Hikers add up miles for the hungry CROP walks aid poorer countries

October 31, 1993|By Mary Gail Hare | Mary Gail Hare,Staff Writer

Recent strides in Carroll County will help feed the hungry around the world.

PTC More than 300 people walked several miles along county paths on two Sundays to help farmers in underdeveloped countries produce more food.

In North and South Carroll, participants joined the annual Christian Rural Outreach Projects (CROP) Walks to fulfill pledges of several thousand dollars.

"We walked like people around the world who must walk every day for water and firewood," said the Rev. John Morrill of Messiah Lutheran Church in Sykesville.

Proceeds from the walks benefit CROP, a nonprofit organization that buys farm equipment and seed for Third World countries.

"They don't just send money; they send seeds and tools to help farmers," said Carol Deal. She helped organize the walk in South Carroll, where 182 walkers trekked 6.2 miles each to raise $5,794. Aid to Assist Lutherans will contribute $600 more to the cause.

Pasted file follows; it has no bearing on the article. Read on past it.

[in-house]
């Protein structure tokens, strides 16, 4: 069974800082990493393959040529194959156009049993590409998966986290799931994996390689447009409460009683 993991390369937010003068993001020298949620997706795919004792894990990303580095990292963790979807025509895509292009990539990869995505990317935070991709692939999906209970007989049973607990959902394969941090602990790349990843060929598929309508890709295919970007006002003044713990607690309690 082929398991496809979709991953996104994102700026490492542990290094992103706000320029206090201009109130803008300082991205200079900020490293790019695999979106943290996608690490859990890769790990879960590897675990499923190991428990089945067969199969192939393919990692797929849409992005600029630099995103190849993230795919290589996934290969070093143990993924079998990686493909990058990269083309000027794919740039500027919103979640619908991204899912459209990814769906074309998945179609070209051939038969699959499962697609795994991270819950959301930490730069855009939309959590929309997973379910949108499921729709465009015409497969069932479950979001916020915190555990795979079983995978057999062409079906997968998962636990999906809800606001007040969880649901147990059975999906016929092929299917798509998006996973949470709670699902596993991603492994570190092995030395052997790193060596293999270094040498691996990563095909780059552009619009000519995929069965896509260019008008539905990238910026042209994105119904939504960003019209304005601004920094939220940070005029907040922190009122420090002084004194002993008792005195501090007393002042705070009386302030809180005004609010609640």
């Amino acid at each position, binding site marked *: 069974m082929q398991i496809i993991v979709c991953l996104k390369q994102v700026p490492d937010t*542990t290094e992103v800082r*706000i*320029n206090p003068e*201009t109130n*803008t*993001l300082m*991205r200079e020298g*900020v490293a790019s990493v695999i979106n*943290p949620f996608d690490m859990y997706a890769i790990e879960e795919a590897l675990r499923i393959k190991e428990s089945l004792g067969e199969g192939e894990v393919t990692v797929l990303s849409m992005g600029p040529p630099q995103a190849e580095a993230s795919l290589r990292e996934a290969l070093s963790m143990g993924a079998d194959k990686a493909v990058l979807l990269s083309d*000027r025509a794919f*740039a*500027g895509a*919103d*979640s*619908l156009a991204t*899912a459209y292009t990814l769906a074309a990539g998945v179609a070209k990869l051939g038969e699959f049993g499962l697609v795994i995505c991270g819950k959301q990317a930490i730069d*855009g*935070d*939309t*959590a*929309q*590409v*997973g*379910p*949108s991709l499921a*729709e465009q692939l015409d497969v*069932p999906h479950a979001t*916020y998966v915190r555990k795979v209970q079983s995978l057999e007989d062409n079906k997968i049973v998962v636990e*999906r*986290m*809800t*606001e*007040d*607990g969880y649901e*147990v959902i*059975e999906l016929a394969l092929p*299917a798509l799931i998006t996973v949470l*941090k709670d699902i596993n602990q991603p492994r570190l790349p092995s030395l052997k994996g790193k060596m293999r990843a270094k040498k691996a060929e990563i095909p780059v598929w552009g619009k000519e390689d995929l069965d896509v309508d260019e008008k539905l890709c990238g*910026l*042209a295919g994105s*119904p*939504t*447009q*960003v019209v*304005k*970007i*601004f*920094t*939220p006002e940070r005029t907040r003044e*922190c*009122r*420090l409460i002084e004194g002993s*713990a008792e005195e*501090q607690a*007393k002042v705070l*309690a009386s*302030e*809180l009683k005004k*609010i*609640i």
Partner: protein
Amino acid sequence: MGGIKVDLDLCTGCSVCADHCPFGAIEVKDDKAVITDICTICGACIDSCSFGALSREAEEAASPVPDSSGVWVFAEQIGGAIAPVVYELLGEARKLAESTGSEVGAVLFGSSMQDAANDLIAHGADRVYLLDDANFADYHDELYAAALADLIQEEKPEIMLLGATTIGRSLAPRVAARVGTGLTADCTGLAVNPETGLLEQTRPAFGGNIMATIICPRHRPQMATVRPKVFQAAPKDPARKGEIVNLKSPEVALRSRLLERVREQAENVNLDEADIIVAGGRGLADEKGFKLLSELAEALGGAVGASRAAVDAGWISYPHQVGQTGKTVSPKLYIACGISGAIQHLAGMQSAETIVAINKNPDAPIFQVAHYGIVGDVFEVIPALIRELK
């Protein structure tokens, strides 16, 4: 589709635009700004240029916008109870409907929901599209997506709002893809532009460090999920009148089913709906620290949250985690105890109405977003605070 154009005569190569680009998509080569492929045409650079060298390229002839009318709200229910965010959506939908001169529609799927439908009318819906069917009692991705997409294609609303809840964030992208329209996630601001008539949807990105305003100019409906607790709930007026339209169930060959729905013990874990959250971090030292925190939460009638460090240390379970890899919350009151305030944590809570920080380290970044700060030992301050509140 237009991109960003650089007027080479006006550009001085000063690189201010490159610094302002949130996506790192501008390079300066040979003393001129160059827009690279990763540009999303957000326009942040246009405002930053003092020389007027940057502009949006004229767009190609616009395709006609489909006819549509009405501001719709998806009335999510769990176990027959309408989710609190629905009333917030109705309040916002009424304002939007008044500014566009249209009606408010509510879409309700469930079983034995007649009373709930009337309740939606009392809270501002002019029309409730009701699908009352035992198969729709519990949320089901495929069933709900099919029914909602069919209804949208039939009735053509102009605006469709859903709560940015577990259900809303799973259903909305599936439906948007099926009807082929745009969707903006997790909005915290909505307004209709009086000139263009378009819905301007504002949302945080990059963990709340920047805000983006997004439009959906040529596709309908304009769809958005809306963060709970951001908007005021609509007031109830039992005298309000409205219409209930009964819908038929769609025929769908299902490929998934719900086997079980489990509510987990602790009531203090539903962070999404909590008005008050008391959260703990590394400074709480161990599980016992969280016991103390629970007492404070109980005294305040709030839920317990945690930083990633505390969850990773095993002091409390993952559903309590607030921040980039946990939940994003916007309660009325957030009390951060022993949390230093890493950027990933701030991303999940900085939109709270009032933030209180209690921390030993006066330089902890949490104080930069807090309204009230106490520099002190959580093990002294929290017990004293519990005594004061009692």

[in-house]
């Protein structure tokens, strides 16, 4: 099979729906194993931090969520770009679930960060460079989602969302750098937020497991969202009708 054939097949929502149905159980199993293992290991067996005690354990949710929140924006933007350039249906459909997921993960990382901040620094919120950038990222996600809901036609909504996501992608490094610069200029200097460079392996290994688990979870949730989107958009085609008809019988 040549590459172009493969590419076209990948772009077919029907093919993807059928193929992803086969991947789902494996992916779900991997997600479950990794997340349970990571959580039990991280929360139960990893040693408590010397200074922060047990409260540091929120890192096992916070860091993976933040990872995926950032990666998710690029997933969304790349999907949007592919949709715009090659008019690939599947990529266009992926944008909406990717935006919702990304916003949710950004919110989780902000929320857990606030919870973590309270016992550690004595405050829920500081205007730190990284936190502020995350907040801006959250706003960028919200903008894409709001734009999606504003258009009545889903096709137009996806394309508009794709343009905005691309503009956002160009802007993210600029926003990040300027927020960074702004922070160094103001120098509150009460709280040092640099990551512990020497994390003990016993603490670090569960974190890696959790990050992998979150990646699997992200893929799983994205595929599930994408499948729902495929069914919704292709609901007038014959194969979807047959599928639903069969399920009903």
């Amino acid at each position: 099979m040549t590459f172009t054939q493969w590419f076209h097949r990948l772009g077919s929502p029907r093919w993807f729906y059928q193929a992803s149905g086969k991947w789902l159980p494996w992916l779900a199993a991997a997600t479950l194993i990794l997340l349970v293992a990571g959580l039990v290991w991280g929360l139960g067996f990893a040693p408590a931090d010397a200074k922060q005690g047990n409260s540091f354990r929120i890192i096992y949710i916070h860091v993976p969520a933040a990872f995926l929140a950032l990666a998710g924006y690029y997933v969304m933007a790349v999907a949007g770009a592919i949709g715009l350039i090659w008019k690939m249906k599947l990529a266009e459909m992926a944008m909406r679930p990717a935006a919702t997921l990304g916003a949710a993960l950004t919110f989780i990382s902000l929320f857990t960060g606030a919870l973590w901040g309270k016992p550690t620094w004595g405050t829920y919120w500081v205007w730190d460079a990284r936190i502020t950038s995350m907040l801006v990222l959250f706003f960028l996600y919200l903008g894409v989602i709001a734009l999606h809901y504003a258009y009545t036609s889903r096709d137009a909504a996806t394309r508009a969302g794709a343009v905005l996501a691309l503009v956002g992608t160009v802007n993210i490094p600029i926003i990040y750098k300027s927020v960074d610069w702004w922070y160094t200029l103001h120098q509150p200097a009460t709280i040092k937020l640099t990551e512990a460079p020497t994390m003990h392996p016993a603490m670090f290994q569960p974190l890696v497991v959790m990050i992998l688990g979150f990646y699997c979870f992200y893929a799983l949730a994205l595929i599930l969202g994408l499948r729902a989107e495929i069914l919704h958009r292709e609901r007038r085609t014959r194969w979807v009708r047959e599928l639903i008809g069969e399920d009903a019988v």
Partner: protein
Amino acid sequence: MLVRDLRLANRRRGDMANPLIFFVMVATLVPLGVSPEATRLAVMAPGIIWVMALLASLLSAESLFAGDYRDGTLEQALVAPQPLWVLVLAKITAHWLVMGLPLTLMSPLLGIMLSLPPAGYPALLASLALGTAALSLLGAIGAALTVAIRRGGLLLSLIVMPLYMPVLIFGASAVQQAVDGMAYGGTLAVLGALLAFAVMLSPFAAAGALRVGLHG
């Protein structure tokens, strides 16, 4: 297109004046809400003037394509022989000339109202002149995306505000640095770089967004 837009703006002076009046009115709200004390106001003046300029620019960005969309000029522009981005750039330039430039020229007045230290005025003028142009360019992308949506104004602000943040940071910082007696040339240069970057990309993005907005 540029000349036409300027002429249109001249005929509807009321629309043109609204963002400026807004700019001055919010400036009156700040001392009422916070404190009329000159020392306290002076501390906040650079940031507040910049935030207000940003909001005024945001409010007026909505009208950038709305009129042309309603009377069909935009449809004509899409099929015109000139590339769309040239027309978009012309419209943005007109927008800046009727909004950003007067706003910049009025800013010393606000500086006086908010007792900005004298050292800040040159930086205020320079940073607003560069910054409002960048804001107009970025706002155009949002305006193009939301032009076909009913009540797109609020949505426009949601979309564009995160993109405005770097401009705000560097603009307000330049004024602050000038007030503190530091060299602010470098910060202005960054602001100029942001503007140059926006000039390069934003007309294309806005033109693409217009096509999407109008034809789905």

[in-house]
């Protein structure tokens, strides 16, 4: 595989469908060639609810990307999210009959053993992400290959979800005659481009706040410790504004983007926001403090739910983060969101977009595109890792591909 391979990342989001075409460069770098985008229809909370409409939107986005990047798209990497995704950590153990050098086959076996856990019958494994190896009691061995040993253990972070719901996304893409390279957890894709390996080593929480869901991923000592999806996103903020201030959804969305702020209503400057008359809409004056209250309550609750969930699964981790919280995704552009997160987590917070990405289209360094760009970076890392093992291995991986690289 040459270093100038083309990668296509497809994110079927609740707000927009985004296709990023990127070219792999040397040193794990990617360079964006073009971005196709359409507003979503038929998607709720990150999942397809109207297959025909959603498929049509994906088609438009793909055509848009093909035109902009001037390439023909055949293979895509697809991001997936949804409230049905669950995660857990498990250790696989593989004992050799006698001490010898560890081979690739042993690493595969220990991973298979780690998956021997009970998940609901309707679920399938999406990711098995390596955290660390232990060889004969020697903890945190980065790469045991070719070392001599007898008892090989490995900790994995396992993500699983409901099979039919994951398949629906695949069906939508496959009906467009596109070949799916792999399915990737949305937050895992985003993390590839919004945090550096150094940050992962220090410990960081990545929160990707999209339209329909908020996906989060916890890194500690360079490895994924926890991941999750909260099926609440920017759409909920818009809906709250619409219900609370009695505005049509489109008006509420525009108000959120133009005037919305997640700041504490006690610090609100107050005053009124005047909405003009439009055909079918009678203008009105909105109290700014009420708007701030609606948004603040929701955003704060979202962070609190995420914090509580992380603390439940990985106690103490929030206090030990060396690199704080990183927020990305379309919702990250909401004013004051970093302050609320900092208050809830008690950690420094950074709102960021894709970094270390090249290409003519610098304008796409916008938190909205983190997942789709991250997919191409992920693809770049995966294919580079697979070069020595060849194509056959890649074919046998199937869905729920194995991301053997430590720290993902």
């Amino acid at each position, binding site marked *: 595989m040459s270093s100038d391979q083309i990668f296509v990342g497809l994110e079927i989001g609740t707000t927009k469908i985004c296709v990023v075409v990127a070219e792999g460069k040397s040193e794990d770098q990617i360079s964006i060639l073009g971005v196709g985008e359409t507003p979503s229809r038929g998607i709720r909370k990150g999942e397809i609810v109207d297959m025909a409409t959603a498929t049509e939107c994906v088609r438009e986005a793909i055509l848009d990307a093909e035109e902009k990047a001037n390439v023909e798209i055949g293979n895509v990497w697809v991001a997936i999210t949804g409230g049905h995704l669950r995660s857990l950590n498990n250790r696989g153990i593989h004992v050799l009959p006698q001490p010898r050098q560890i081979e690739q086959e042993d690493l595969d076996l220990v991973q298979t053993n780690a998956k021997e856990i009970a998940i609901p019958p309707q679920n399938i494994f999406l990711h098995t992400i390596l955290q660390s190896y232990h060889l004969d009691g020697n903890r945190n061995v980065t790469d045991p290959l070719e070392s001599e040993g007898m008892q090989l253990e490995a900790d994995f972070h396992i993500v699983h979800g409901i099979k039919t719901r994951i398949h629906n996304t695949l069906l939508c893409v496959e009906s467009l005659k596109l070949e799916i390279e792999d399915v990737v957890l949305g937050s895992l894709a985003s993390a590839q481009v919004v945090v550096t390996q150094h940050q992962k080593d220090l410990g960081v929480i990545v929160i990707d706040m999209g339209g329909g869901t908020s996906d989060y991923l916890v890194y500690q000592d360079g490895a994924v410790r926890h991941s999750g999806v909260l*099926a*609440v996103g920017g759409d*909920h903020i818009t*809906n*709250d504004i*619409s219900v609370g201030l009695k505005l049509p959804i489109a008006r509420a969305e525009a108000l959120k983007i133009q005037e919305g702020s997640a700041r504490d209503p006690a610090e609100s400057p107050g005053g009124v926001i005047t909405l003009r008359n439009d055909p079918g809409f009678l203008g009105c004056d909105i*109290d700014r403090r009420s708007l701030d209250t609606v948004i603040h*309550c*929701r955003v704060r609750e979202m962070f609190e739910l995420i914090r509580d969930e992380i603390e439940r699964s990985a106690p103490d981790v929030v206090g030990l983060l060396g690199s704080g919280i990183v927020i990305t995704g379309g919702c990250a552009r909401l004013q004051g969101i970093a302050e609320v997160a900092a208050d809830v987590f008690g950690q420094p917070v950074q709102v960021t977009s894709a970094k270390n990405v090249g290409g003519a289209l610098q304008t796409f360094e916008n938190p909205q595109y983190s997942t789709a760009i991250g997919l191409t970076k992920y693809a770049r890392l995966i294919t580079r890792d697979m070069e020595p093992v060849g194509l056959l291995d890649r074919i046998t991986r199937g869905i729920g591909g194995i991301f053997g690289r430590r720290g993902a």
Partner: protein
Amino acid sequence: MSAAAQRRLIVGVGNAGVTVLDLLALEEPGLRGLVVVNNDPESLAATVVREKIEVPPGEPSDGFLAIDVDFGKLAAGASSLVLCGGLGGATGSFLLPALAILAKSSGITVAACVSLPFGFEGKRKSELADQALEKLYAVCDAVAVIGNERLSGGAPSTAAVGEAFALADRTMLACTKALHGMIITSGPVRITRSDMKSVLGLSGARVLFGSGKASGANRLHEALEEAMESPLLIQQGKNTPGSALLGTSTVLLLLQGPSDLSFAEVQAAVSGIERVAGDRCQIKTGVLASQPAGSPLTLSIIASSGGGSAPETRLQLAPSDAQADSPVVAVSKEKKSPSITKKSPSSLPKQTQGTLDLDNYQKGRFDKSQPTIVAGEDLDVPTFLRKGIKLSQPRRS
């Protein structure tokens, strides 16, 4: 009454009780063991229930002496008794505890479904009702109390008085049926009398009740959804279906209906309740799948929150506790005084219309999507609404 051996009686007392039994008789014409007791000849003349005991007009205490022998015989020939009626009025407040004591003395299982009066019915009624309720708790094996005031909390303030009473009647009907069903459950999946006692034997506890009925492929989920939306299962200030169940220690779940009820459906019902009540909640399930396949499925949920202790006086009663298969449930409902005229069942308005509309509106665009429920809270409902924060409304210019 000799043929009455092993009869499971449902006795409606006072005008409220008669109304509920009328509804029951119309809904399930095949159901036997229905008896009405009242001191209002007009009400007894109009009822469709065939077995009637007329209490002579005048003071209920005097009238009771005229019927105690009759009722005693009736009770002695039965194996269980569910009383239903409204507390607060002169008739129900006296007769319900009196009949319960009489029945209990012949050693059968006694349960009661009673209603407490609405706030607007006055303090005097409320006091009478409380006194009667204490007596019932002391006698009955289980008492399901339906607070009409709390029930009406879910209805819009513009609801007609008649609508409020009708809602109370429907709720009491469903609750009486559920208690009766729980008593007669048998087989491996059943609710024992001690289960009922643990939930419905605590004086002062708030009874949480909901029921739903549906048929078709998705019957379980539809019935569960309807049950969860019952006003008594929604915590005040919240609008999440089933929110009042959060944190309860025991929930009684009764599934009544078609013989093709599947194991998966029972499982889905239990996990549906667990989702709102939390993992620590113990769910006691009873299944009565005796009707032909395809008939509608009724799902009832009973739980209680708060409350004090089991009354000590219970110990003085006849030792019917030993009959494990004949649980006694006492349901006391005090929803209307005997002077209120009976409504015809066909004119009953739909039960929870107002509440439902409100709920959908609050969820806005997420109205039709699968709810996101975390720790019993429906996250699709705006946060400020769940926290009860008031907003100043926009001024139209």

Mr. Morrill called the walk the "best we have had in four years.

"We had a super turnout, with more than double the walkers and pledge money from last year," he said.

South Carroll's challenge to walkers in North Carroll may have inspired more people to put on their walking shoes, he said. North Carroll organizers have not tallied all pledges from 150 walkers, but said they expect to top last year's $6,000 mark. Walkers in Hampstead and Manchester go an extra mile or two.

"Even though they walked eight miles to our six, we may have them beat" on the total, Mr. Morrill said.

The official "winner" will not emerge until Nov. 21, the cutoff date for sending in pledge money.

Local ministries will receive about 25 percent of the money to help the needy in Carroll County. CROP will use the remainder to fund its projects in underdeveloped countries, Ms. Deal said.

Mr. Morrill said he is pleased with the number of students who participated. CROP videos of efforts to increase food production in needy areas may have induced the youths to join the effort, he said.

About 70 percent of the walkers in South Carroll were students at Liberty and South Carroll high schools and Sykesville Middle School, Ms. Deal said.

"We wanted to get younger people involved," Mr. Morrill said. "They enjoyed the walk and knew the reason for it."

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